The corruption trial of former South African president is set to resume despite the violence that shook the country this week. The court will hold a virtual session to "avoid disruption".

The trial of former South African president Jacob Zuma is set to continue on Monday.

Zuma, who was jailed in July, faces 16 charges — including fraud, graft and racketeering — related to his time as the country’s deputy president. The case focuses on a 1999 purchase of fighter jets, patrol boats and military gear from five European arms firms.

He is also accused of pocketing four million rand (€ 234,000, $277,000) in bribes from one of the firms, French defense giant Thales, which has been charged with corruption and money laundering.

Zuma’s trial started in May following numerous postponements and delays by his legal team to have the charges dropped.

The 79-year-old Zuma appeared in person for the opening and said he was innocent. Thales also denied any wrongdoing, and the next hearing was set for July 19.

Zuma’s arrest prompts deadly riots

The former president was found guilty on 29 June of contempt of court after refusing to appear before graft investigators. He was ordered to serve 15 months in jail and jailed a week later.

However, things took a deadly turn in the country after his incarceration.

Protests sparked in his home province of KwaZulu-Natal and snowballed into a week of looting and arson that spread to the economic hub Johannesburg. So far over 200 people have died.

South African President Cyril Ramaphosa on Friday said security agencies had identified a number of people suspected of instigating the violence. Ramaphosa believes the unrest was planned.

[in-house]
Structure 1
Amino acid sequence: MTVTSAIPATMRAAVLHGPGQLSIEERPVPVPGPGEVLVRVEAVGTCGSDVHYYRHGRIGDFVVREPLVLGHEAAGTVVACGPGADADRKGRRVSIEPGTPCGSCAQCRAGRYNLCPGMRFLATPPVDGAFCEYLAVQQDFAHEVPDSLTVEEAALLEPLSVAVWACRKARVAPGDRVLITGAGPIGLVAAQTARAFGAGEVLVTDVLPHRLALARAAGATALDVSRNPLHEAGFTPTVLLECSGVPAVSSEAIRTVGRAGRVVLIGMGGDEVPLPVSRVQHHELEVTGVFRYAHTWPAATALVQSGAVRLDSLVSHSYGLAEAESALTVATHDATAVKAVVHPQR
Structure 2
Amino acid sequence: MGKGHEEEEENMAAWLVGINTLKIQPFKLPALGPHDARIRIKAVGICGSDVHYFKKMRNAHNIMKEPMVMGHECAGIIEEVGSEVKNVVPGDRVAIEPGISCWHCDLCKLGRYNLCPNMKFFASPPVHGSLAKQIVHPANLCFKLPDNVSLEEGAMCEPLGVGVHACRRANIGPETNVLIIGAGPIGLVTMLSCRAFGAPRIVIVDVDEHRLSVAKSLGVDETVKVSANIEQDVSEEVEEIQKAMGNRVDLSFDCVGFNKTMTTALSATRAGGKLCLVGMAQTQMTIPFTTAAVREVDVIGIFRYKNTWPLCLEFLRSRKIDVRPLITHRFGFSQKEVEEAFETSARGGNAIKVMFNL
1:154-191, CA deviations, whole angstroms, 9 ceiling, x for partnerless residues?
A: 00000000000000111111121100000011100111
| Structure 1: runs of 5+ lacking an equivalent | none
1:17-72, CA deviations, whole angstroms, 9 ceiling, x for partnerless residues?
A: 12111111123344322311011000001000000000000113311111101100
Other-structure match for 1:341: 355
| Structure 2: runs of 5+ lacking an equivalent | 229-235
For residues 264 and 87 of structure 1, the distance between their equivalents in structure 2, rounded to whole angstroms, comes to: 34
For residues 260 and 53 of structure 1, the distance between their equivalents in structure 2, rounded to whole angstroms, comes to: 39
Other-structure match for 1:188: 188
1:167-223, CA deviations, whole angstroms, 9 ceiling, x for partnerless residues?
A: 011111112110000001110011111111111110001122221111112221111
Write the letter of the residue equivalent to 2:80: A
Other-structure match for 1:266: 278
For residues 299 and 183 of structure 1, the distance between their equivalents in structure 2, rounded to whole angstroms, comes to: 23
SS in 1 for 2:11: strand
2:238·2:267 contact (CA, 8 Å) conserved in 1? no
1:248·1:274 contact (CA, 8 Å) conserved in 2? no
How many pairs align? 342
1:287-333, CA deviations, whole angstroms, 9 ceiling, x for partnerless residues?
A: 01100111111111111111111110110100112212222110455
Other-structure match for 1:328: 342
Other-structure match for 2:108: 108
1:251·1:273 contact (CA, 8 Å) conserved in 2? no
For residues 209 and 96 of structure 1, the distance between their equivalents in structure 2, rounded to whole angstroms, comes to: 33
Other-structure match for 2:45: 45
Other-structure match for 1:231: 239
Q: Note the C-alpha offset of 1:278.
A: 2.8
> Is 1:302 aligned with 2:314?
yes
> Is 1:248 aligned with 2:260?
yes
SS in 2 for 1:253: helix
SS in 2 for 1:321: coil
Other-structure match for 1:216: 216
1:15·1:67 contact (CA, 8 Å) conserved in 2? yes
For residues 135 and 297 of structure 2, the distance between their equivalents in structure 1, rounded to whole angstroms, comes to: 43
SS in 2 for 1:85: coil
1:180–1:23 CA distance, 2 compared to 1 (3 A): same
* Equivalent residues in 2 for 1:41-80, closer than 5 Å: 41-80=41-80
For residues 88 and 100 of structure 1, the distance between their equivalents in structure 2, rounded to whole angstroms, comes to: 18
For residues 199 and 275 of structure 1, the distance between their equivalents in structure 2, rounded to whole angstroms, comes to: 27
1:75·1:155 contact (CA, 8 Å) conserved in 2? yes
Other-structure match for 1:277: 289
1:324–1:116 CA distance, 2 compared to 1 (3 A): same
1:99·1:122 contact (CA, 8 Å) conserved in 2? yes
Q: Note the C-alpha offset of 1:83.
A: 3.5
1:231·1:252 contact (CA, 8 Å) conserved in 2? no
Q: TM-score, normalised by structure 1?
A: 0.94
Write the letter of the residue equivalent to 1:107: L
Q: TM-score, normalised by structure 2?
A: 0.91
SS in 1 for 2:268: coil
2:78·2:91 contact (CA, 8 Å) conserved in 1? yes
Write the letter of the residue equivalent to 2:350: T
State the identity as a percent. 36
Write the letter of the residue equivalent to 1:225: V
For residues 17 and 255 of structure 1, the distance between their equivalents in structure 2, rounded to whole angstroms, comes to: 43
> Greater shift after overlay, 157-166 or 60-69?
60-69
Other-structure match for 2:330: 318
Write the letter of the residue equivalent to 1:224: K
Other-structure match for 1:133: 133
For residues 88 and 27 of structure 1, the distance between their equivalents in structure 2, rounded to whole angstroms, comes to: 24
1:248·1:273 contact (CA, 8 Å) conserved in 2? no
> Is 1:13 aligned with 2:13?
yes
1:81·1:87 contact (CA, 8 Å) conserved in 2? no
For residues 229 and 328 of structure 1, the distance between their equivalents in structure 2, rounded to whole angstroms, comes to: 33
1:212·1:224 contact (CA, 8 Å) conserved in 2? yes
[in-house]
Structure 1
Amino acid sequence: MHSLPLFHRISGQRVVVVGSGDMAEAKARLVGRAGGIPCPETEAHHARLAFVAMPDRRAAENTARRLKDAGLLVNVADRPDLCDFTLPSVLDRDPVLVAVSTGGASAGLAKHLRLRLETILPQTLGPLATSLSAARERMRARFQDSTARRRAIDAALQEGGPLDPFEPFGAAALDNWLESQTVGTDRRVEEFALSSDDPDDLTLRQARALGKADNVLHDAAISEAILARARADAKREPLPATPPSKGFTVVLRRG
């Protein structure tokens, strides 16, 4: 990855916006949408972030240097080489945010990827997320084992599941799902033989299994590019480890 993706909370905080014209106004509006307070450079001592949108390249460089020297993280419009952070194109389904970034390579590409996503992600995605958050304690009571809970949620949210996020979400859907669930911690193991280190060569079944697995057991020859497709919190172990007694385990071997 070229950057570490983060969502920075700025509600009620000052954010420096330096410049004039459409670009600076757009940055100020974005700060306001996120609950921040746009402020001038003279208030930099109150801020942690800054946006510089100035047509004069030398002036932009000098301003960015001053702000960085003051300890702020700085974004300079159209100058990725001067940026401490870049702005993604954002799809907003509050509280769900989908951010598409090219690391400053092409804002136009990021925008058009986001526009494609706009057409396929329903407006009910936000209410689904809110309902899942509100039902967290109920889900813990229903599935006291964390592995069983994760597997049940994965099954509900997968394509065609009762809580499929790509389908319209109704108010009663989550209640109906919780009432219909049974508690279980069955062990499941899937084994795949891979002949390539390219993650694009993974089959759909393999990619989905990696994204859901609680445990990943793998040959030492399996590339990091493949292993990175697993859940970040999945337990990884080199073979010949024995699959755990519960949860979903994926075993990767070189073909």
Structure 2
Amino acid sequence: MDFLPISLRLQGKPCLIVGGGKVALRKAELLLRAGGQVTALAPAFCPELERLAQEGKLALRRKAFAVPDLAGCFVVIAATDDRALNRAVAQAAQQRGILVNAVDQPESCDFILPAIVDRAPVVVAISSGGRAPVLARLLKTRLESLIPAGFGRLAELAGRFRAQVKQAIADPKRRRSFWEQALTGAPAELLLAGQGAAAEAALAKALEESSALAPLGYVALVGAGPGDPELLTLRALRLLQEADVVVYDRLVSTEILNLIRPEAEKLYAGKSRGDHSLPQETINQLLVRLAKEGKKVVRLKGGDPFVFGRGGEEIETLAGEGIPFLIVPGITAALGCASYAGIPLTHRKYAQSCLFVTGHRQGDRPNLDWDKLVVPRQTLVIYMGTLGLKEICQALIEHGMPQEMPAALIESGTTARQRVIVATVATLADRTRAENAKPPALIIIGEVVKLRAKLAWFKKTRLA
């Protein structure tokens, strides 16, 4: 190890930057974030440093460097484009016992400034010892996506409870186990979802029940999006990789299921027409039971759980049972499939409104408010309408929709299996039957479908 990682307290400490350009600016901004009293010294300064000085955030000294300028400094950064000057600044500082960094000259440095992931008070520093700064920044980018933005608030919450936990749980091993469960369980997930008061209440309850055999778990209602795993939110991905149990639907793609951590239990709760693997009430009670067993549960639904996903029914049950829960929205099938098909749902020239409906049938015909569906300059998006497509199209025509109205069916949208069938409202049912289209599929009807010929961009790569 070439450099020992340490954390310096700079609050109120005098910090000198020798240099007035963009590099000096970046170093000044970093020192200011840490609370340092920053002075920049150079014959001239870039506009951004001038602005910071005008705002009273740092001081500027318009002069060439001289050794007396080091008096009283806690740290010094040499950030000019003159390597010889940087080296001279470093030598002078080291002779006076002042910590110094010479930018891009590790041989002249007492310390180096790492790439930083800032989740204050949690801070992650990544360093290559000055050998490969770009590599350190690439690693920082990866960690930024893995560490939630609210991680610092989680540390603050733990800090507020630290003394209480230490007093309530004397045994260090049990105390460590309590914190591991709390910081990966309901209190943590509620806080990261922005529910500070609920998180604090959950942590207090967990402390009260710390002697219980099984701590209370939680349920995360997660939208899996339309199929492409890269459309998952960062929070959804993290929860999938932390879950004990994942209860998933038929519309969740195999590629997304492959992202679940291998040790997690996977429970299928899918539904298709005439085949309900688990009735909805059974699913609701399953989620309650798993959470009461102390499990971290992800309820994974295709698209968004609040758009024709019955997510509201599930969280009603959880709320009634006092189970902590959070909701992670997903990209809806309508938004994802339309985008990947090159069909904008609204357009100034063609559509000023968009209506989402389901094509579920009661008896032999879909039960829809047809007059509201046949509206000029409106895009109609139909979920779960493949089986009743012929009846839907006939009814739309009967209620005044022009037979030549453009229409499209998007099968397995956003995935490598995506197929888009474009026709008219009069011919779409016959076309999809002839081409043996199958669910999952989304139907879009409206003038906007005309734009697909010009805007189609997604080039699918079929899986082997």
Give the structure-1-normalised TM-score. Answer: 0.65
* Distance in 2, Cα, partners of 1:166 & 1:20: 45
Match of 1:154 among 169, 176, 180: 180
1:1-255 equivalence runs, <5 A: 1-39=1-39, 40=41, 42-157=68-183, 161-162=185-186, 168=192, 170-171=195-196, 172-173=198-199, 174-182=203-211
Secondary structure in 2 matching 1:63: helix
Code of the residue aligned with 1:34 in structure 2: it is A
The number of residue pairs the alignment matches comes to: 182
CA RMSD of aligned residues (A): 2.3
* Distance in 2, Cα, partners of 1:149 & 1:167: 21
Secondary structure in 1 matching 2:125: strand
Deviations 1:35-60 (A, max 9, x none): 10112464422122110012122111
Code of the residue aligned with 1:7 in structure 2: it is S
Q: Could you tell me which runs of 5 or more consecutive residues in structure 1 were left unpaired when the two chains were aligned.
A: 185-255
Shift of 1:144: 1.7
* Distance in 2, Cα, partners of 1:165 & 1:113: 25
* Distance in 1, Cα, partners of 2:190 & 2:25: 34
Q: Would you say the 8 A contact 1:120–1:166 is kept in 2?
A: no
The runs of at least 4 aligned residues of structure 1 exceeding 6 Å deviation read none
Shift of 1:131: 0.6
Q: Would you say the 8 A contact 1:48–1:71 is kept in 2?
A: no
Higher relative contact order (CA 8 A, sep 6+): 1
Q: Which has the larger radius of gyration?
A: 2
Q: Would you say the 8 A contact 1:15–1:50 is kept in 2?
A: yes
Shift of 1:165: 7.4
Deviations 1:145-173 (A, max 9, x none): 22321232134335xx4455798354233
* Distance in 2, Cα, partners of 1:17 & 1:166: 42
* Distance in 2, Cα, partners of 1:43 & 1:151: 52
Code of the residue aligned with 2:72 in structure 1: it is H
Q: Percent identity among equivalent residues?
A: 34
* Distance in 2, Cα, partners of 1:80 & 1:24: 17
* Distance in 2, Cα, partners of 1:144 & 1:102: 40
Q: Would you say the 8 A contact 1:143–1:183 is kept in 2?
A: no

“Using the pretext of a political grievance, those behind these acts have sought to provoke a popular insurrection,” Ramaphosa said.

Analysts warn that Monday’s hearing could reignite tensions that had eased late last week.

Monday’s hearing will focus on Zuma attorneys’ push to recuse chief prosecutor Billy Downer for allegedly leaking information to the media.

The prosecutors “will argue vigorously for the application to be dismissed,” National Prosecuting Authority spokesman Mthunzi Mhaga told the AFP news agency.

Mhaga said the trial will be heard virtually to “avoid disruption.”

Pope appeals for peace in South Africa

Pope Francis on Sunday spoke against the violence which took place in South Africa.

During his address, the Pope said South Africans have already been suffering economic and health difficulties caused by the pandemic. He made an appeal for peace so that aid can reach those in need.

“May the desire that has guided the people of South Africa to be reborn in harmony among all its children not be forgotten,” Francis said.

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